I thought I would be different and breeze through my Covid vaccination without any interruption to my Easter weekend plans.
The reality was quite different and for those of you still to get the jab it might be worth remembering.
Saturday morning was normal with rugby training before heading to get my injection at 2pm.
As I had walked and not driven I was in and out in less than 5 minutes. The process was very effiicient.
For the remainder of the day I felt absolutely fine with no side effects or symptoms that the leaflet accompanying the Astra Zeneca jab suggested might be present.
Even Sunday morning I felt great and with it being the Ronde I wanted to head out for an hour or so before the action got going in Belgium.
There was definitely a feeling of some power lacking in my legs before I’d even reached the end of the street so I took note and agreed with myself to stay out a minimal amount of time.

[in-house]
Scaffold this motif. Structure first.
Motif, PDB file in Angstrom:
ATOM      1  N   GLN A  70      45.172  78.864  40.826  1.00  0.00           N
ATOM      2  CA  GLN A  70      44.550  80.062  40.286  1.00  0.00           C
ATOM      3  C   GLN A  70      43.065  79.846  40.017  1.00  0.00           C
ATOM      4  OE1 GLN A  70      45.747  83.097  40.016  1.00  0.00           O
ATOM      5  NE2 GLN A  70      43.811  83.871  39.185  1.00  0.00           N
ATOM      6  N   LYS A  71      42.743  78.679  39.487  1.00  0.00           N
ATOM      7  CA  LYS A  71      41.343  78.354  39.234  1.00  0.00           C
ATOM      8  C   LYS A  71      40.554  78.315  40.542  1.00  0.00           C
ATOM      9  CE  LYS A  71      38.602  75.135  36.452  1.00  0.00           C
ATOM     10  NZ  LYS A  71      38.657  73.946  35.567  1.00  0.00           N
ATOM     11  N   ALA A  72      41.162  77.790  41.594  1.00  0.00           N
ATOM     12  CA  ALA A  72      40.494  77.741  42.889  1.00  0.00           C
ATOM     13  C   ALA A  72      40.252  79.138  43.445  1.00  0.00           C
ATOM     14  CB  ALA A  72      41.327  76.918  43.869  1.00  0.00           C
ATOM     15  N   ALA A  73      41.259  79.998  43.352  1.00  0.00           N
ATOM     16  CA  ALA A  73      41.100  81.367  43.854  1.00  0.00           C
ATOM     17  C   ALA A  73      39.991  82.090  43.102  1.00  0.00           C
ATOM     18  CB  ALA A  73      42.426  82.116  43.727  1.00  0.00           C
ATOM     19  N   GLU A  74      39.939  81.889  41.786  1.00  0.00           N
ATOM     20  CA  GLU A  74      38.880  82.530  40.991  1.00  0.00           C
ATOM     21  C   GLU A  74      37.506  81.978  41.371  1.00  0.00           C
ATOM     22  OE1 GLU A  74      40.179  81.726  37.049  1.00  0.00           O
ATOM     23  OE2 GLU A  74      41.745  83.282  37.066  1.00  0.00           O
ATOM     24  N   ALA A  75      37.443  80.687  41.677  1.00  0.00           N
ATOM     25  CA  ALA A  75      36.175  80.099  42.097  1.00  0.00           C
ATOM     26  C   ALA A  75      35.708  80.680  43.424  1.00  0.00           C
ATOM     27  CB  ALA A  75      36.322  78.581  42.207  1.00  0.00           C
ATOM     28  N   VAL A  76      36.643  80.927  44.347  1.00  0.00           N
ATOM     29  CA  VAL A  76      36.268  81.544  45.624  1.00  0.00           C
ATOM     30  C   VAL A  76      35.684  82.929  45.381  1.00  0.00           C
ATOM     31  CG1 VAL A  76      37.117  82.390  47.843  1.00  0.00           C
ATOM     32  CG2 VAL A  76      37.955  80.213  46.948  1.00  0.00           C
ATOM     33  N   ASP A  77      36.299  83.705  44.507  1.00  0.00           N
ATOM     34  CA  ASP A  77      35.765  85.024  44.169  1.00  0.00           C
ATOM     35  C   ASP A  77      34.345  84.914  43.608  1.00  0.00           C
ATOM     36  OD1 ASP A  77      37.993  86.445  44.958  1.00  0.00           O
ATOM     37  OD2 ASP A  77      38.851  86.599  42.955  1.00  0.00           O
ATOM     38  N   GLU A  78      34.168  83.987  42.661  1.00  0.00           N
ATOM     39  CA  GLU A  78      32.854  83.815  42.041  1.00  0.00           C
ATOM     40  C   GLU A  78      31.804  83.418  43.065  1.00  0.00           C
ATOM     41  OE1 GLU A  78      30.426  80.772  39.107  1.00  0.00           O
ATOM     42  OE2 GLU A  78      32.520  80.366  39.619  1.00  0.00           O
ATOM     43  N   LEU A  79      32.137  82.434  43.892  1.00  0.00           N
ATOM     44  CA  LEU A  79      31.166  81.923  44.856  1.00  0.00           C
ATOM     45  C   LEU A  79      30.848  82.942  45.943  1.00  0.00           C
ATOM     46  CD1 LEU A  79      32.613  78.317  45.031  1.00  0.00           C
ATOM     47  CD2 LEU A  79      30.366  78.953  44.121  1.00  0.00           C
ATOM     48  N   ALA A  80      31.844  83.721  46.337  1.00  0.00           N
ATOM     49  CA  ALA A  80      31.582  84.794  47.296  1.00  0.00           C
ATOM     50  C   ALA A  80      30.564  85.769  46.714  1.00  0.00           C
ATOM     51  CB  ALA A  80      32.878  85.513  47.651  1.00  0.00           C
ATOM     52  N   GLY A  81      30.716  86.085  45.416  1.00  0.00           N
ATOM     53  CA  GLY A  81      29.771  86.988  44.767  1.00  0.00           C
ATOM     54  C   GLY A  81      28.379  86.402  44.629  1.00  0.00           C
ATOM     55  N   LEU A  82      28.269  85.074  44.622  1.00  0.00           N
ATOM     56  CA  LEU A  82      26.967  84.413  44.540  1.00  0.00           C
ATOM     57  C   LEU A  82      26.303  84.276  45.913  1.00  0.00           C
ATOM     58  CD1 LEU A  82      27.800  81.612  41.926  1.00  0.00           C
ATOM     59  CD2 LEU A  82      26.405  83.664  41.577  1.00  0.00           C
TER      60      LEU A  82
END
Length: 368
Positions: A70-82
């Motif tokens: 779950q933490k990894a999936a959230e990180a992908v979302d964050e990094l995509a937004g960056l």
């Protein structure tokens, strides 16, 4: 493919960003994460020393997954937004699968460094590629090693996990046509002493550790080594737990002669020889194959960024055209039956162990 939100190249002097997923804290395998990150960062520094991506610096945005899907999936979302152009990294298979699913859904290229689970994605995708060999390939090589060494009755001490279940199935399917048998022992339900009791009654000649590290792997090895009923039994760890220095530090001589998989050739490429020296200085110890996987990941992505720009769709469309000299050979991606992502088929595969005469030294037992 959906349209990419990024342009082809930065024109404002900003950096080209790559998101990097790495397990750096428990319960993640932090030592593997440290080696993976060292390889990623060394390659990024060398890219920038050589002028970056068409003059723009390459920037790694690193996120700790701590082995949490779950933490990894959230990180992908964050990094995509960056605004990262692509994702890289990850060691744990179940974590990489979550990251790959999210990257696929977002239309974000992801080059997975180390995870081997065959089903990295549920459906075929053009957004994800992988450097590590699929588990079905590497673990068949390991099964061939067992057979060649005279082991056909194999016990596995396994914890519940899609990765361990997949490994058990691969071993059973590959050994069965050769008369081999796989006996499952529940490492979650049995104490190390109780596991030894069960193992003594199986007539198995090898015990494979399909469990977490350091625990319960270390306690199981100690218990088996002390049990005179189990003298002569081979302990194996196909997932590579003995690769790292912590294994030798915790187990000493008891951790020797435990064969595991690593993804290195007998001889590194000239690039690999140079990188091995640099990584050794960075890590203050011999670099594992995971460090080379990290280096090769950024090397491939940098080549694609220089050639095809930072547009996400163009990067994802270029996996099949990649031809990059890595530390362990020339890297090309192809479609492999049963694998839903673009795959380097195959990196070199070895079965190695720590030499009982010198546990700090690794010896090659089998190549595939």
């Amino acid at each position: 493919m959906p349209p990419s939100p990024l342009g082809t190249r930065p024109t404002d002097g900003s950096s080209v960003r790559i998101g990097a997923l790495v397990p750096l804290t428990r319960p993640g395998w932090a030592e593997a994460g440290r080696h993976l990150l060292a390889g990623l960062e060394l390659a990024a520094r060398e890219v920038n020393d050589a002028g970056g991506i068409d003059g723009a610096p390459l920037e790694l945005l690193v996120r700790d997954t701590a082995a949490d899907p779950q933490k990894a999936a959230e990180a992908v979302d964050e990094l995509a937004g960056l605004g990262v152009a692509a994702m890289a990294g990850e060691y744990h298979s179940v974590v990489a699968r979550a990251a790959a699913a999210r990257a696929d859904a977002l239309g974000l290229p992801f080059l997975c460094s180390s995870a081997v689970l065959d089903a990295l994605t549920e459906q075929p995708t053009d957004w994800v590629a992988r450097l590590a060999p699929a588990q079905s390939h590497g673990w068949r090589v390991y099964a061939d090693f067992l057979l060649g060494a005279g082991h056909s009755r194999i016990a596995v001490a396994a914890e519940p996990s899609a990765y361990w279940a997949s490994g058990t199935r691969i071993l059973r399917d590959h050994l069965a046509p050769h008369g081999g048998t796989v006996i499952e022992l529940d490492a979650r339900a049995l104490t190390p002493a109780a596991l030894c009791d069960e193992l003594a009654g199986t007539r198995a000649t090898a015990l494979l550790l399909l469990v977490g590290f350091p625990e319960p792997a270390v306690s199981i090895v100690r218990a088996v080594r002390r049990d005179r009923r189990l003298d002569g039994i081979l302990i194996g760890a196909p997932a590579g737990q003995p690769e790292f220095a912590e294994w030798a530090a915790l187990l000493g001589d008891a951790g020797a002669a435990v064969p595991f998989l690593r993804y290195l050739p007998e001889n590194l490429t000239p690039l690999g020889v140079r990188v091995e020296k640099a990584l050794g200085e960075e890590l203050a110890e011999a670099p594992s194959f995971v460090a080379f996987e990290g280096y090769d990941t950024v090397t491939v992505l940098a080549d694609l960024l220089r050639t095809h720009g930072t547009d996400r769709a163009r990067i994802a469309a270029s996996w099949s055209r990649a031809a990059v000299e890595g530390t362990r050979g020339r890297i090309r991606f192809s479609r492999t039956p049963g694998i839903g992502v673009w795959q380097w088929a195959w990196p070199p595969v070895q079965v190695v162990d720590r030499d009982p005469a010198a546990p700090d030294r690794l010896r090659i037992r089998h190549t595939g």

This plan was working solidly until I realised I was about 13 miles from home (or anywhere) with a headwind to battle.
It was there that my arms and legs suddenly became super heavy and I literally couldn’t get out of the saddle to either increase or maintain speed.
Those last miles were among the worst I have ever spent on a bike. Mountains, snow, wind, cold, heat, cobbles… all of it. This was up there with it and it was on a reasonably smooth A road in the Lincolnshire fens.
I was travelling from the top of the map down into a south-westerly and you can see the impact in terms of speed from the Mywindsock report.
The blue is above average speed, reds below.
I spent the afternoon shifting between asleep and just about awake on the sofa before going to bed at 6pm.
I watched the last 70km of The Ronde on my laptop Monday morning.
It wasn’t the Belgian beer swilling, burger munching afternoon I had anticipated, but there is a bigger picture here and now that the side effects are gone the thought of being Covid protected means much more to me than one Sunday afternoon in front of the TV.